which is consistent with a common organ of origin. Across
different cancer types, we found that some features, such as
the indel rate between humans and chimpanzees or conserved
elements, show consistently positive or negative correlations
with the breakpoint frequency across the cancer types. In contrast, the correlations of the other features strongly depend on
the cancer type. These results suggest that the effects of
genetic factors on SCNA breakpoint occurrence are more
complicated than previously appreciated (7,9). Furthermore,
when breakpoints resulting from amplifications and deletions
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Moreover, DNA three-dimensional structures (8) and DNA
replication timing (9) have been suggested as the key
genetic factors predicting the genome-wide SCNA patterns
observed. While these efforts greatly advance our view on
the mechanistic basis of SCNA occurrence, it remains not
well understood what evolutionary mechanisms contribute to
the global patterns of SCNAs in cancer genomes.
Previous SCNA genomic analyses have focused primarily
on the data sets of a single cancer type or pooled data sets
from different cancer types. Although these studies elucidate
some important general trends, in-depth comparative analyses
on SCNA data of different cancer types are crucial for understanding the evolutionary mechanisms underlying SCNA occurrence and identifying cancer-type-specific characteristics.
The Cancer Genome Atlas (TCGA) project (10,11) is a valuable resource for this purpose, providing an unprecedented
collection of patient samples that have been characterized
for each cancer type in multiple dimensions using consistent
In this study, we performed a comparative analysis on
SCNAs across eight different types of human cancer using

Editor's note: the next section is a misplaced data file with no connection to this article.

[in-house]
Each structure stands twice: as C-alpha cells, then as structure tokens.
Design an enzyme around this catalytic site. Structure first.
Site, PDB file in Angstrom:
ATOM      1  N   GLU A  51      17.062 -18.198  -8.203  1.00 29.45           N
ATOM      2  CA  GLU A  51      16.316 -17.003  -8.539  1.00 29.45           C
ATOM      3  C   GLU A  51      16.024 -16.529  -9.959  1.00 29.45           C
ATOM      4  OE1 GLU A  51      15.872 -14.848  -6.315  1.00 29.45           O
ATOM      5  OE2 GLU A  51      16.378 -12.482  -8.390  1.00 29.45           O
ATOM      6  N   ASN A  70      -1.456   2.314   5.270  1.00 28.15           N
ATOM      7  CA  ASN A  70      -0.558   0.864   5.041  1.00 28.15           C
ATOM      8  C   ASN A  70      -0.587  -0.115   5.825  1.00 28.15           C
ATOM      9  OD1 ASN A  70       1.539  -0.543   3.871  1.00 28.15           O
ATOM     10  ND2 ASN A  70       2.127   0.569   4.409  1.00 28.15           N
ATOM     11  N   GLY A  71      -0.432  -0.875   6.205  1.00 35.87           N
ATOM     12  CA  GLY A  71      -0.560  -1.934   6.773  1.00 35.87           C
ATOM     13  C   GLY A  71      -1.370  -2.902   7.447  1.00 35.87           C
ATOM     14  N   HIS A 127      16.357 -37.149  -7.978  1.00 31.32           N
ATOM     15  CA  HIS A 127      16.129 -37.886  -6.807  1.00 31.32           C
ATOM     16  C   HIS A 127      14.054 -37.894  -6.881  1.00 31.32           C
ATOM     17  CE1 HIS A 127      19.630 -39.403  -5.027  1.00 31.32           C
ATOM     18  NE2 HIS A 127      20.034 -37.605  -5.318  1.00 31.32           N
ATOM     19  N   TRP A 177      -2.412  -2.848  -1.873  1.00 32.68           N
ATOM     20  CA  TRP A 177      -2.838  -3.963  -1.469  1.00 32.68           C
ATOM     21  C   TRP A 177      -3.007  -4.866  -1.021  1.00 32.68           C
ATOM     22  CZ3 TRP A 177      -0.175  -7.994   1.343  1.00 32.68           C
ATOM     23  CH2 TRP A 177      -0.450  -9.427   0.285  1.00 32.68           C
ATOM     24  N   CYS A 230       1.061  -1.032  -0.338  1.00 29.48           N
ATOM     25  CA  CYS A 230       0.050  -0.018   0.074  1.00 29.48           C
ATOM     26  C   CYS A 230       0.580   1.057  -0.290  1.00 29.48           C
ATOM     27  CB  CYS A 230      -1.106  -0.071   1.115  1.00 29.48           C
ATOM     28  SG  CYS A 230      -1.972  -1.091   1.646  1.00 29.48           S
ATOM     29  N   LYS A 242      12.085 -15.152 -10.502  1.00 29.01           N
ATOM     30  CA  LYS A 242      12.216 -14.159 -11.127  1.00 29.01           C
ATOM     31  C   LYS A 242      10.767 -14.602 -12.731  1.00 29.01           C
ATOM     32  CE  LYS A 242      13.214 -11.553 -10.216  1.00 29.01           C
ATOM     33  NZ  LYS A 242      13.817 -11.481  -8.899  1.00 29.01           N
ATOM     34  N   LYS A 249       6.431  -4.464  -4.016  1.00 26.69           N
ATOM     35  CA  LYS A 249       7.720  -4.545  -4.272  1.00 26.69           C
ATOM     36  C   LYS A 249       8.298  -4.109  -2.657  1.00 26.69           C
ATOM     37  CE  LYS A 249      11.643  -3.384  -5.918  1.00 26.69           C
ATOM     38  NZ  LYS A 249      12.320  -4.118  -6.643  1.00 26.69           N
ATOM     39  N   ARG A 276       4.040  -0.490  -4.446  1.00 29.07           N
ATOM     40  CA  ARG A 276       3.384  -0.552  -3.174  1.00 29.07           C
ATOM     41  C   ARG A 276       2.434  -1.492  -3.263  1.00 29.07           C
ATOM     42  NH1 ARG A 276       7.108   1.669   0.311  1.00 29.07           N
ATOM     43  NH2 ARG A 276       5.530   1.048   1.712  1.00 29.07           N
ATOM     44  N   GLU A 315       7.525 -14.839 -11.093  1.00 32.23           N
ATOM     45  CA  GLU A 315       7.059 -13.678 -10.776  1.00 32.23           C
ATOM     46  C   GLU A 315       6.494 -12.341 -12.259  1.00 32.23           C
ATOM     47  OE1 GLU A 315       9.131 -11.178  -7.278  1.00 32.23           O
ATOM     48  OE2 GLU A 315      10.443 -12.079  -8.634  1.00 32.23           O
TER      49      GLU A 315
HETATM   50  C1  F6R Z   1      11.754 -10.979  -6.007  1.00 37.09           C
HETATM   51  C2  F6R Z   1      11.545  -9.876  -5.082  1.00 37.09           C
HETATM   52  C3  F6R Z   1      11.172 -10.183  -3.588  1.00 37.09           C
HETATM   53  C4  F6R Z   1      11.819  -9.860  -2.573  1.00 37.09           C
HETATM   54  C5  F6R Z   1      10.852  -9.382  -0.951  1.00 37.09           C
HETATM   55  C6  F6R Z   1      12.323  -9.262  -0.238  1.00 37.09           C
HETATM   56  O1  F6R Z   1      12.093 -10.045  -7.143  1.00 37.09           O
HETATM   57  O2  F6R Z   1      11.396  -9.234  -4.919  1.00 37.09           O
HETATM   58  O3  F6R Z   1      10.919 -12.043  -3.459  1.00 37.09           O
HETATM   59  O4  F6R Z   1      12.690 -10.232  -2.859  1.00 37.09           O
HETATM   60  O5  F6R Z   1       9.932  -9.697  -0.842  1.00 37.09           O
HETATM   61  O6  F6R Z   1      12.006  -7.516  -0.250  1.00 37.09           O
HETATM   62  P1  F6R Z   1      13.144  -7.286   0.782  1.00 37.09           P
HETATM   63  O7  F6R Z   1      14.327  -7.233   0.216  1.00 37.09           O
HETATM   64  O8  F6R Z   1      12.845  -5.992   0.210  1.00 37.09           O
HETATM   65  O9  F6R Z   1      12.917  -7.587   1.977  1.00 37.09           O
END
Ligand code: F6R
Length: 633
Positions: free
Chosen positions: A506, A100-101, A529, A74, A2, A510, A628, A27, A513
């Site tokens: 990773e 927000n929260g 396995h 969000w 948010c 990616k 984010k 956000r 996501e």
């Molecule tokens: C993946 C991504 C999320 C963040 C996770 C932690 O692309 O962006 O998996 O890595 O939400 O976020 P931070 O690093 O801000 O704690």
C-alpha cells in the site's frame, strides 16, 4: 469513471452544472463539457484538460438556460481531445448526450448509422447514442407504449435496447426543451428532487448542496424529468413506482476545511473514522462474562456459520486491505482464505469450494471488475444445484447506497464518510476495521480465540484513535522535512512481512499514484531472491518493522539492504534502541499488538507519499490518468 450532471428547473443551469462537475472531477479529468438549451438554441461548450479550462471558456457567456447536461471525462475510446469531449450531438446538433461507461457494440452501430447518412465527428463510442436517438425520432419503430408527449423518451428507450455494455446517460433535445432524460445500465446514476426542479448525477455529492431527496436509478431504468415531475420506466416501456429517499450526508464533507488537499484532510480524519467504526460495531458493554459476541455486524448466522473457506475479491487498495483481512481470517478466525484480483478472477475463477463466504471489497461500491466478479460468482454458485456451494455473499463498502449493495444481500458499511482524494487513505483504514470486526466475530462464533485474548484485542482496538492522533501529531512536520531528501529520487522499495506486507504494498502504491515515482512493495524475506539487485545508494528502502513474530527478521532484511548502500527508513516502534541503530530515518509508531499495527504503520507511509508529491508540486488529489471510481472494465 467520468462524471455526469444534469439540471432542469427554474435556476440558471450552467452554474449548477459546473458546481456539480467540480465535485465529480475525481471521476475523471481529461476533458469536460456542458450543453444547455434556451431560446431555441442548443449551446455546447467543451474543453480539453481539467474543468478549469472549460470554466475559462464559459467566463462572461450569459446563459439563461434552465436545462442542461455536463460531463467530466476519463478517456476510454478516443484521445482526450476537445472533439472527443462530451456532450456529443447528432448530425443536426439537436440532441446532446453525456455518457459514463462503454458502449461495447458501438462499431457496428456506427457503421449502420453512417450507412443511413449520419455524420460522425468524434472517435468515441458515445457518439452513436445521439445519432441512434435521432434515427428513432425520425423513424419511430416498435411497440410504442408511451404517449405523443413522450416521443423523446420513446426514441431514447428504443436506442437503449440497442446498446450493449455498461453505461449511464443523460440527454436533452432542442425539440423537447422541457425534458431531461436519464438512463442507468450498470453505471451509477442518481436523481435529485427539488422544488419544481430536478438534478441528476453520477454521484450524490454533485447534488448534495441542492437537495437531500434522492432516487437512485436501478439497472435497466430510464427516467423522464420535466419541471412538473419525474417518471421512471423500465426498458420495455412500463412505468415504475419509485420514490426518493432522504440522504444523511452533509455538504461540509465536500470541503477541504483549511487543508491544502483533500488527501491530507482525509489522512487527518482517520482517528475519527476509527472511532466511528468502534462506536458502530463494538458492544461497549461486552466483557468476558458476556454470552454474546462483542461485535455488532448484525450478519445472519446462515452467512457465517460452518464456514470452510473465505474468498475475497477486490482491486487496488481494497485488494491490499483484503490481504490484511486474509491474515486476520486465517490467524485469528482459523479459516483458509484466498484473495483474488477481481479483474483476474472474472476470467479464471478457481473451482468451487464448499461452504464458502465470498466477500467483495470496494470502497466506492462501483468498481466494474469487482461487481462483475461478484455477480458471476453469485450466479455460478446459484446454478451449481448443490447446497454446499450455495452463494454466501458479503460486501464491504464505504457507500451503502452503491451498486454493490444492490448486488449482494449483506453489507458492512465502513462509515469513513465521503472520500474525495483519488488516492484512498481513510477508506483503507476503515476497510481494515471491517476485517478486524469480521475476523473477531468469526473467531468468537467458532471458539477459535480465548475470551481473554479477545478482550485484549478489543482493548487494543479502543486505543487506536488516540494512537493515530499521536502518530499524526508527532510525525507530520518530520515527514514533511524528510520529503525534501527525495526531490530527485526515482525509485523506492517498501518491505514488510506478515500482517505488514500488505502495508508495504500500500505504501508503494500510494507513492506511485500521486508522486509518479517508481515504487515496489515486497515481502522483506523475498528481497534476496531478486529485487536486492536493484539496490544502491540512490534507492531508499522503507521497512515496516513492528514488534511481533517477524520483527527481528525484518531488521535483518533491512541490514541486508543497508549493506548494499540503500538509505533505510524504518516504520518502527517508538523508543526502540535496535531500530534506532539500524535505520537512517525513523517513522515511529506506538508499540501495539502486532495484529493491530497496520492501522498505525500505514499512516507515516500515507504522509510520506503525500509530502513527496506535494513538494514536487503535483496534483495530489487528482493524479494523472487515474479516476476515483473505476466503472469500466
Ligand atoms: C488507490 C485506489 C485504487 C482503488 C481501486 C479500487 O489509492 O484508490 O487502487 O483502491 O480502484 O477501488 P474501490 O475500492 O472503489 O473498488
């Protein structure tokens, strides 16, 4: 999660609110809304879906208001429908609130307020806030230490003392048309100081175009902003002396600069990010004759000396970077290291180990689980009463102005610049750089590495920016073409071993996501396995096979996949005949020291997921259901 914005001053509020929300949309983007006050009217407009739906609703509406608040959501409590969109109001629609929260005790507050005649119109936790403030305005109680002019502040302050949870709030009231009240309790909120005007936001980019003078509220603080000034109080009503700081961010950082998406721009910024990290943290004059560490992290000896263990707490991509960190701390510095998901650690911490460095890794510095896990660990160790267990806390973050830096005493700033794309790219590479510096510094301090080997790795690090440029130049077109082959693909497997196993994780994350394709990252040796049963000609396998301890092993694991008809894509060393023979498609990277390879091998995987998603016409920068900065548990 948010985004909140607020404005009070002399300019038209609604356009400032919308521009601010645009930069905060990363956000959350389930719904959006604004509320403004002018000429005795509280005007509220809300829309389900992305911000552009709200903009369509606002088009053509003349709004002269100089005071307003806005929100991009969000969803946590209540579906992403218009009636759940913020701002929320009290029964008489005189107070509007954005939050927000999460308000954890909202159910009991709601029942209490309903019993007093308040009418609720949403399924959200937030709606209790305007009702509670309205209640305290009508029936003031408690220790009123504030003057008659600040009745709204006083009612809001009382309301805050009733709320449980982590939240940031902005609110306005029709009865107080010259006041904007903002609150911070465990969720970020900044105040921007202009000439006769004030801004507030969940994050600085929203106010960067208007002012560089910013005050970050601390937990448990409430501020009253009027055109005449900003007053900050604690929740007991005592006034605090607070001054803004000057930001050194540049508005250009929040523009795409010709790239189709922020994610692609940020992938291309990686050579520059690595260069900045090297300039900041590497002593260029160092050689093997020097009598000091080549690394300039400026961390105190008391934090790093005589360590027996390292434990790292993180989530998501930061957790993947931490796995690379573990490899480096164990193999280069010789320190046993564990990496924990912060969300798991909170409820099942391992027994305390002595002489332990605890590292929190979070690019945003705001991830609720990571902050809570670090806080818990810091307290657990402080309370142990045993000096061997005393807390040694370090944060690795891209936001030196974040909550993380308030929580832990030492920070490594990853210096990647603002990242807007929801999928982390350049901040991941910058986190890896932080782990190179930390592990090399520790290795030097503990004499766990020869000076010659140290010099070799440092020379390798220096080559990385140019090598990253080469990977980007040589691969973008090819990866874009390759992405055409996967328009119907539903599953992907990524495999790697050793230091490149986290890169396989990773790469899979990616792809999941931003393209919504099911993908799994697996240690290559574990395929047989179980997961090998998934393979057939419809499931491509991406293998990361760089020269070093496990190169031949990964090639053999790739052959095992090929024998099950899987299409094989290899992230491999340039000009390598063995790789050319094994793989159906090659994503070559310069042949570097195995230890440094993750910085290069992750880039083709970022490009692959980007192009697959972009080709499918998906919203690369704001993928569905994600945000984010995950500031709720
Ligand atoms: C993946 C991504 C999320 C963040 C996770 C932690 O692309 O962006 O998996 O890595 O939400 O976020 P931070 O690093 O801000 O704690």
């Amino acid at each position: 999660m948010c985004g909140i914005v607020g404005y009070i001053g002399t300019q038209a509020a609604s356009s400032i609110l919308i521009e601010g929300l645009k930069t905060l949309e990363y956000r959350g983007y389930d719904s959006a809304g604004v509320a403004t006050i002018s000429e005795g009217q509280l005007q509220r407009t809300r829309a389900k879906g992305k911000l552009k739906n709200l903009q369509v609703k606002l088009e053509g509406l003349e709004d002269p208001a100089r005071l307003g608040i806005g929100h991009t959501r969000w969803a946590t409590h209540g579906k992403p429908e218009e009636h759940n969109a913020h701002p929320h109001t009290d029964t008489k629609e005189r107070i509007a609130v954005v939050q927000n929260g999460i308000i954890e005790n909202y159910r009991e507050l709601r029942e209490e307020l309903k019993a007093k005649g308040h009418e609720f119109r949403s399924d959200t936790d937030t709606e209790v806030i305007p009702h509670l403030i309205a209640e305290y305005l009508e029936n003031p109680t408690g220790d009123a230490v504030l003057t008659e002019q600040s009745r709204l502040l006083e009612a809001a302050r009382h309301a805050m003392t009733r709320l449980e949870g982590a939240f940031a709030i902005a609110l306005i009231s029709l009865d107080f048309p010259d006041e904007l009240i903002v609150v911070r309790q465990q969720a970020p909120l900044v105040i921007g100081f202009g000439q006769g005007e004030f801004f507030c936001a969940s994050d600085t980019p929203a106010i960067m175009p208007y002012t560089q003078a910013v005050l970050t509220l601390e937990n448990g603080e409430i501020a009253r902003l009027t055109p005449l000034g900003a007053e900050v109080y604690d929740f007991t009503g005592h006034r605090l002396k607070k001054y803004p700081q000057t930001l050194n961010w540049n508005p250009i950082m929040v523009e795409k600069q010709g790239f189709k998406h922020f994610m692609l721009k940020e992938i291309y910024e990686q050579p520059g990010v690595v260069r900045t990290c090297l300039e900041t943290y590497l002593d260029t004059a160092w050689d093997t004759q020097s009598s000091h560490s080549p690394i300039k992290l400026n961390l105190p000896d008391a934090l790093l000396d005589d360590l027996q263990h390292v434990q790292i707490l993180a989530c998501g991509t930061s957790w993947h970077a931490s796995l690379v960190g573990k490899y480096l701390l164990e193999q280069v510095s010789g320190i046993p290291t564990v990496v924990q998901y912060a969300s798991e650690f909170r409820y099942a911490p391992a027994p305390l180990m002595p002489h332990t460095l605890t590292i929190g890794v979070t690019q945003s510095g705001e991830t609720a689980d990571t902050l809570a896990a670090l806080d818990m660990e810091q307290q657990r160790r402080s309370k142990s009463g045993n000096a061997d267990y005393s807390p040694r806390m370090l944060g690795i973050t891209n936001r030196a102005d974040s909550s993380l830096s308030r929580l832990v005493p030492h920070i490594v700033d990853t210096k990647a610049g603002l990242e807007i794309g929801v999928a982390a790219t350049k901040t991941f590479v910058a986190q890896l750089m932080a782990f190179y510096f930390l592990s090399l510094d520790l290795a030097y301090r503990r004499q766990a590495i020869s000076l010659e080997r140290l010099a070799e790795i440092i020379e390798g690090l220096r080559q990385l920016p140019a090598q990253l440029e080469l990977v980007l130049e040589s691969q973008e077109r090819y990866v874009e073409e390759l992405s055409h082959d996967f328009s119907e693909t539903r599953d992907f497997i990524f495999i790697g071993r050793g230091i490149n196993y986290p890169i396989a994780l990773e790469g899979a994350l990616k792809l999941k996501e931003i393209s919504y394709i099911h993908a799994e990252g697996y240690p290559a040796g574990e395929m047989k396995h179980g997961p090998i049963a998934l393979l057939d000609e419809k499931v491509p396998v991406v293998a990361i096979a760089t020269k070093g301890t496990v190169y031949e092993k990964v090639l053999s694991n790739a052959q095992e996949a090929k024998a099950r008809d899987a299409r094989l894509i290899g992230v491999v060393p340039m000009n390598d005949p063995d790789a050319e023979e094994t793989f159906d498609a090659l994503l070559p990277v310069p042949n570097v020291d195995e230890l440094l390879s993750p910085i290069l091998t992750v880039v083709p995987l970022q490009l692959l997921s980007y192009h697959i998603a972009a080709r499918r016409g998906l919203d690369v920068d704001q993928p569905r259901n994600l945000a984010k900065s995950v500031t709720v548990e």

TCGA data. We first demonstrated that the overall SCNA
breakpoint landscapes among different types of cancer show
high similarities; and then we evaluated the effects of
various genomic features on the genome-wide SCNA patterns.
Importantly, we found that cancer-type-specific SCNA breakpoint hotspots and common hotspots show distinct patterns:
cancer-type-specific hotspots are enriched with known
cancer genes; whereas common hotspots do not show such enrichment but can be relatively well predicted from genomic
context. Our results not only present a systematic view of
the genome-wide SCNA breakpoint patterns in human
cancer, but also provide deep insights into the evolutionary
mechanisms underlying SCNA breakpoint hotspots.
Human Molecular Genetics, 2012, Vol. 21, No. 22
Table 1. Summary of TCGA SCNA data analyzed
SCNA breakpoint #
Breakpoint #
per sample
Breast invasive carcinoma
Glioblastoma multiforme
Ovarian serous
Kidney renal clear cell
carcinoma (KIRC)
Colon adenocarcinoma
Uterine corpus
carcinoma (UCEC)
Lung squamous cell
carcinoma (LUSC)
Lung adenocarcinoma
121 780 (60 758/
61 022)
64 820 (32 496/
32 324)
125 595 (622 601/
62 994)
48 907 (24 140/
24 020)
55 107 (27 577/
27 530)
38 673 (19 334/
19 339)
32 271 (16 116/
16 155)
23 161 (11 591/
11 570)
Excluding hyper-segmented outlier.
were considered separately, the observed correlations between
genomic features and breakpoint frequencies are quite similar
(Supplementary Material, Table S2). In addition, the observed
correlations were unlikely to be affected by the probe distribution of AffySNP6 in the human genome (details in Materials
and Methods; Supplementary Material, Fig. S4). However,
the correlation pattern was quite different based on those filtered outlier samples (Supplementary Material, Fig. S5).
Next, we examined to what extent the observed genomewide pattern of breakpoints could be explained by these
genomic features. Since the breakpoint distributions of different cancers in the human genome are quite similar, we performed a multivariable analysis on the pooled breakpoint
data. Through a stepwise forward regression on the transformed breakpoint data, the indel rate shows the best predictive power, and an integrated model using the top four selected